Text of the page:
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The frequency with which officers draw and point their guns has risen significantly in 2020, according to police intervention figures obtained by The News. Through mid-July, APD officers had drawn their guns 50 times and pointed them in 38 of those occasions. That puts APD officers on pace to draw their guns more than 90 times in 2020, much more often than any other recent year. In previous years, guns have been drawn and pointed about once a week. When guns are drawn, police officers usually point them; only in about one-quarter of firearm interventions are weapons not pointed at suspects.
Bird wrote in an email that use-of-force guidelines haven’t significantly changed recently, but that the department couldn’t publicly say whether there had been a tactical shift.
Another investigation is already being conducted into a July incident in which two innocent Mexican farmworkers were detained at gunpoint outside of their accommodations in Abbotsford. Police were looking for a smuggling suspect at the time. One of the workers was allegedly punched and kicked, and the Mexican consulate has asked for a full review of the incident and officers’ actions.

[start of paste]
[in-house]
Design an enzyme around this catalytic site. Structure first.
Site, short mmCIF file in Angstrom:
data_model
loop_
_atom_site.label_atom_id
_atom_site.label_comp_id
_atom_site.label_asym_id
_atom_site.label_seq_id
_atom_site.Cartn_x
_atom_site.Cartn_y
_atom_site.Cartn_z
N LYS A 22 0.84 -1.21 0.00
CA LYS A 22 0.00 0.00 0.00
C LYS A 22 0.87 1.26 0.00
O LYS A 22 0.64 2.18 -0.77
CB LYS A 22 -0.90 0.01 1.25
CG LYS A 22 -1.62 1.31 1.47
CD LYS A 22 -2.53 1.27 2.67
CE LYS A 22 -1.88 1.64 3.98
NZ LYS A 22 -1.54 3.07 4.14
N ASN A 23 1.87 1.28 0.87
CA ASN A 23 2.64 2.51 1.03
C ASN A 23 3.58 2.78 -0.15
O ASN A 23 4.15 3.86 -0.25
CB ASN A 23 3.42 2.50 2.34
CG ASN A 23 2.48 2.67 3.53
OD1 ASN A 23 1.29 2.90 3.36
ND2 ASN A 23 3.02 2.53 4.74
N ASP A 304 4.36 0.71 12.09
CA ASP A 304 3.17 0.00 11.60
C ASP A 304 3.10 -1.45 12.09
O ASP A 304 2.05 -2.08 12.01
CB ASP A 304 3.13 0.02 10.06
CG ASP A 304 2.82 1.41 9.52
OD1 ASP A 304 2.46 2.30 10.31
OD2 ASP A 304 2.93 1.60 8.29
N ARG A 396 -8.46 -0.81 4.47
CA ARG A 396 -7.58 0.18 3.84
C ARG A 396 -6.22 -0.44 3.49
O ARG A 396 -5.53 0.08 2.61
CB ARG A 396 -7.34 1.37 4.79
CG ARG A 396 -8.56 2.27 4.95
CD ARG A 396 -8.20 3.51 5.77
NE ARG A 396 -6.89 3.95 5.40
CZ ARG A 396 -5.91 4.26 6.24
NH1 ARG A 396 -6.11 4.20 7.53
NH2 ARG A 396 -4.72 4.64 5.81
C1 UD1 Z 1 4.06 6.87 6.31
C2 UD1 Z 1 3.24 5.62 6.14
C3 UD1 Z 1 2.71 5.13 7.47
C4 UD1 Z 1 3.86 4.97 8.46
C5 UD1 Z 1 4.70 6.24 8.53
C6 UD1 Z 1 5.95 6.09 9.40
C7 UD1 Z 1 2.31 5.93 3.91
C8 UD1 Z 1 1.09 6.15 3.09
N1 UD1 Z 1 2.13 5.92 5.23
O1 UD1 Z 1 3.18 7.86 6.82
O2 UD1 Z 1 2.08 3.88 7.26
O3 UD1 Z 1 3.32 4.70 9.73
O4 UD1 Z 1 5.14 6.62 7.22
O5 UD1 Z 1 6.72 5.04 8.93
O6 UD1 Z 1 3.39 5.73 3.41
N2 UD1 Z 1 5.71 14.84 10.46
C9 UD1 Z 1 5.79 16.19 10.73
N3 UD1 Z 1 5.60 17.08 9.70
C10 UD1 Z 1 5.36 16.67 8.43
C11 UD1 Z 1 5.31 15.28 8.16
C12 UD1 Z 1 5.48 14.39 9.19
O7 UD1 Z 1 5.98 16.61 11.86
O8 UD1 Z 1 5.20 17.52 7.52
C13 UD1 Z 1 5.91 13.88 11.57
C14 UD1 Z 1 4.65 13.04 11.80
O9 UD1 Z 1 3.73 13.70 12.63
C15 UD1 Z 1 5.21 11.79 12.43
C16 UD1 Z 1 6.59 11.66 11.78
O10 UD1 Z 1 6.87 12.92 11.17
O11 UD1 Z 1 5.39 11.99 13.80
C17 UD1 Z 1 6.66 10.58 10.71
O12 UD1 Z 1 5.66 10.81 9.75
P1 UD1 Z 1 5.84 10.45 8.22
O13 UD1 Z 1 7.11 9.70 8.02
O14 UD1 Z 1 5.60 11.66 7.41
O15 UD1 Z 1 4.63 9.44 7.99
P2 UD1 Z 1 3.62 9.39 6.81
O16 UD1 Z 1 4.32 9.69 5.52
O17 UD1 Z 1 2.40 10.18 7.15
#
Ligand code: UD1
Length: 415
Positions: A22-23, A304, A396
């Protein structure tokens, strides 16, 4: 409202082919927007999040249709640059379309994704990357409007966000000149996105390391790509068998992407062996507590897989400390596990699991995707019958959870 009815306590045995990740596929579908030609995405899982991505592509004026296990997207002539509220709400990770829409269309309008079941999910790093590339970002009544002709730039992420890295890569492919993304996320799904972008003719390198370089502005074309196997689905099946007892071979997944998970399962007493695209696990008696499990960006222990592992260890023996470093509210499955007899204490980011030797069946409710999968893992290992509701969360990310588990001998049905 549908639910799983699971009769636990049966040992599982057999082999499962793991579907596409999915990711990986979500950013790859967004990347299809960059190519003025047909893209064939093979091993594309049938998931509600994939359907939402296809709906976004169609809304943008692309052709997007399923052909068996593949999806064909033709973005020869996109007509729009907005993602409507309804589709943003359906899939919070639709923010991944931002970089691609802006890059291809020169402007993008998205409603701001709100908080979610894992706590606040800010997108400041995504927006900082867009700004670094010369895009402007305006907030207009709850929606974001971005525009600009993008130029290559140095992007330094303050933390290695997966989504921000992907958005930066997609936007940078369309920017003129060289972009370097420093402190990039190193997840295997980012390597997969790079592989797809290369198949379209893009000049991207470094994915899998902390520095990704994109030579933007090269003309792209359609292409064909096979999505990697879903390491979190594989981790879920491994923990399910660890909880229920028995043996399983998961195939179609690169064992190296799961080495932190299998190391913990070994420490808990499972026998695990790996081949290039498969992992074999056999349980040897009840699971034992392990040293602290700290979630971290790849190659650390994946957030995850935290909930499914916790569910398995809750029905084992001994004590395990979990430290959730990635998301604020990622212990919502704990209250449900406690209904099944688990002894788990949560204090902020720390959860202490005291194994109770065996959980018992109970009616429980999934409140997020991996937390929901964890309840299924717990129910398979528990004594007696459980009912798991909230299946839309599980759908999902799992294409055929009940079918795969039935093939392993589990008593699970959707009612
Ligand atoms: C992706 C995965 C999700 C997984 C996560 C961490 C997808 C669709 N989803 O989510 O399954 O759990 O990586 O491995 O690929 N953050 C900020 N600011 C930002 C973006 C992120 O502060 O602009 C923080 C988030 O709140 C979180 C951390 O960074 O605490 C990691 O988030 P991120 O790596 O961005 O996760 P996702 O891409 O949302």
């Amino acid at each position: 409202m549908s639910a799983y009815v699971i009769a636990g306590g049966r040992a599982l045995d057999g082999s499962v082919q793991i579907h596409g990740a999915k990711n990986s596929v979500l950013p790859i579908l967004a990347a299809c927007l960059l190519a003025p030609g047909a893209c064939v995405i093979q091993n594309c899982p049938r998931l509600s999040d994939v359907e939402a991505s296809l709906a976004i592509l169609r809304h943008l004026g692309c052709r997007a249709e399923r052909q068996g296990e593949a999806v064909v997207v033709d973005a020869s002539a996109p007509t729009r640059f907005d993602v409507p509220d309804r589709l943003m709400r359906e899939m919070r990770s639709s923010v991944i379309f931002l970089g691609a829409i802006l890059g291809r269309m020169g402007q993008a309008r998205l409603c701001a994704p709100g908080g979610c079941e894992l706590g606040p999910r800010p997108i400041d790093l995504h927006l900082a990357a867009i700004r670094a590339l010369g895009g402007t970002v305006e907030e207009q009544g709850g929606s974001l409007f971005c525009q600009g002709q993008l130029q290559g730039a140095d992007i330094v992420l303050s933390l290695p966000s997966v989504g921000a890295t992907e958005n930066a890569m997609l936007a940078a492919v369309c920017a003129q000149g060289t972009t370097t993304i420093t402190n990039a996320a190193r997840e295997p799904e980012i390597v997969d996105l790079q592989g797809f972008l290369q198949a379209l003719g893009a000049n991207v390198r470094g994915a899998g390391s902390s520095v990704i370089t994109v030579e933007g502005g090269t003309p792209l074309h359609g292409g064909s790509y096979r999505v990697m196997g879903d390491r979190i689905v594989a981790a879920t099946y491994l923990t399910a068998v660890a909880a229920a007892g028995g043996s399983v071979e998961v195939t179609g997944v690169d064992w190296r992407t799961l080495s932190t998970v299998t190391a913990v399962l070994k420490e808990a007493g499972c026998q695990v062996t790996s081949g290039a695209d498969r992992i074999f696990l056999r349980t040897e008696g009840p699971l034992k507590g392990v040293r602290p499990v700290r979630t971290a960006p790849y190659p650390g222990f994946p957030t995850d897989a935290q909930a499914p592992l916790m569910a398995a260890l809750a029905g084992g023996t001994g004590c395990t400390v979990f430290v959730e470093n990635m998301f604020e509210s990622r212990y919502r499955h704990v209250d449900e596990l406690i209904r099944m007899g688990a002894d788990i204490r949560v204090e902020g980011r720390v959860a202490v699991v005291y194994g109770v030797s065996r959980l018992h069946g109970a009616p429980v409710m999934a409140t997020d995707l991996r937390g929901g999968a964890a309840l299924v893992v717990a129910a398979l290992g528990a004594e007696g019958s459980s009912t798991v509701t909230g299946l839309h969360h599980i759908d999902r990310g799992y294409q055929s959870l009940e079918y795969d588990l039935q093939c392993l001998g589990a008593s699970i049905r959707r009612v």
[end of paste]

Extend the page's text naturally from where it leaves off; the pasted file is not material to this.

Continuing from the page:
As for the role race may play in police decisions, Bird said those possibilities is one reason officers go through an extensive vetting process before being hired.
“That comes down to character,” she said.
When The News suggested that it’s now widely believed that race can subconsciously influence the split-second decisions of average people, and asked about what the APD does to minimize those factors, Bird said members regularly undergo diversity and bias-awareness training.
Bird added that every police file is reviewed by a superior, members rarely attend calls alone, and each patrol shift has at least two supervisors on the road monitoring police activity.
Watch abbynews.com next week for a special report on the Abbotsford Police’s diversity, use-of-force and street checks, including details on just how often police draw their guns, discharge Tasers and employ physical takedowns.